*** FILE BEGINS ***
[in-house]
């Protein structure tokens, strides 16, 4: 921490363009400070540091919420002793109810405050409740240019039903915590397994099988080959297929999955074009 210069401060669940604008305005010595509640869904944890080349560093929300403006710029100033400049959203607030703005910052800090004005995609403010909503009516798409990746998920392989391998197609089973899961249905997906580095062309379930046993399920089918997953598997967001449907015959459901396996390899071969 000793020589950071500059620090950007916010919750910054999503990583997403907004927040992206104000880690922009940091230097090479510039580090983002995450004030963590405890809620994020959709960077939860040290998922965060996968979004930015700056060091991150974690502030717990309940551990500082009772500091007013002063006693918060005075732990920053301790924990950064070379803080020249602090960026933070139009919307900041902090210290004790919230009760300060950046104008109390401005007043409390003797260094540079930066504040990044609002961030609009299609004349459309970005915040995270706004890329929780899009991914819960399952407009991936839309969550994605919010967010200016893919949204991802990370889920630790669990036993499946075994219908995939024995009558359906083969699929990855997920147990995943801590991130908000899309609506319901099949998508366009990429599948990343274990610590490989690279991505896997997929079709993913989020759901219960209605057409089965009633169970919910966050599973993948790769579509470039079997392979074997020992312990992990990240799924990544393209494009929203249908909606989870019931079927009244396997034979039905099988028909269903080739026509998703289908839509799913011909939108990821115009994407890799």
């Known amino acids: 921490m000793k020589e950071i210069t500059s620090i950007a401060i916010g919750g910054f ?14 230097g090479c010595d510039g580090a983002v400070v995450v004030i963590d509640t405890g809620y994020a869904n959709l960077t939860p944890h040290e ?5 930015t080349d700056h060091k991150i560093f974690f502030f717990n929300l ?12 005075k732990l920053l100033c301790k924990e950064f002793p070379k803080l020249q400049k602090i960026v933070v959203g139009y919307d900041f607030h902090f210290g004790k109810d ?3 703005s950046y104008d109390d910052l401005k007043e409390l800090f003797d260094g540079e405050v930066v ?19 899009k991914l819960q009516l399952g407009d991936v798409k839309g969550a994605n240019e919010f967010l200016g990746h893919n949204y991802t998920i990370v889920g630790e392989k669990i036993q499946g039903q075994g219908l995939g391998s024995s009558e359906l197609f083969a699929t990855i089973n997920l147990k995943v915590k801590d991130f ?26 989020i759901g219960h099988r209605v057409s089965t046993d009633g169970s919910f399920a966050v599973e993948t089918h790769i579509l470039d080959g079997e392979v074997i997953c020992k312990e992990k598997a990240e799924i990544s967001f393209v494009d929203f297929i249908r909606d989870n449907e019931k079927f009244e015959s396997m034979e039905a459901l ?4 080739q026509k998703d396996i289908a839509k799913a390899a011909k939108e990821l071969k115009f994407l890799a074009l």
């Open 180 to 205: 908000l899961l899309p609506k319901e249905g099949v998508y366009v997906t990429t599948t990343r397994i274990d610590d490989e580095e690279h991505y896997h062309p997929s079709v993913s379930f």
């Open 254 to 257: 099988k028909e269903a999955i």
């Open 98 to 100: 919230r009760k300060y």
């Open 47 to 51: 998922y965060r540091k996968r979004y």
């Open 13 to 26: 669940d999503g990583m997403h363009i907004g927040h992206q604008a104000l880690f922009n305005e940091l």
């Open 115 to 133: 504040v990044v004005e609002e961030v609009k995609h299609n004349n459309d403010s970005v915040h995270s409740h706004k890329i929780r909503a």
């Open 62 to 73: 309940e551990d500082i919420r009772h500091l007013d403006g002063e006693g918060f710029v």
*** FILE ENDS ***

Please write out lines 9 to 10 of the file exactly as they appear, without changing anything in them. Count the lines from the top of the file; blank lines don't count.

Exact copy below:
């Open 115 to 133: 504040v990044v004005e609002e961030v609009k995609h299609n004349n459309d403010s970005v915040h995270s409740h706004k890329i929780r909503a």
């Open 62 to 73: 309940e551990d500082i919420r009772h500091l007013d403006g002063e006693g918060f710029v």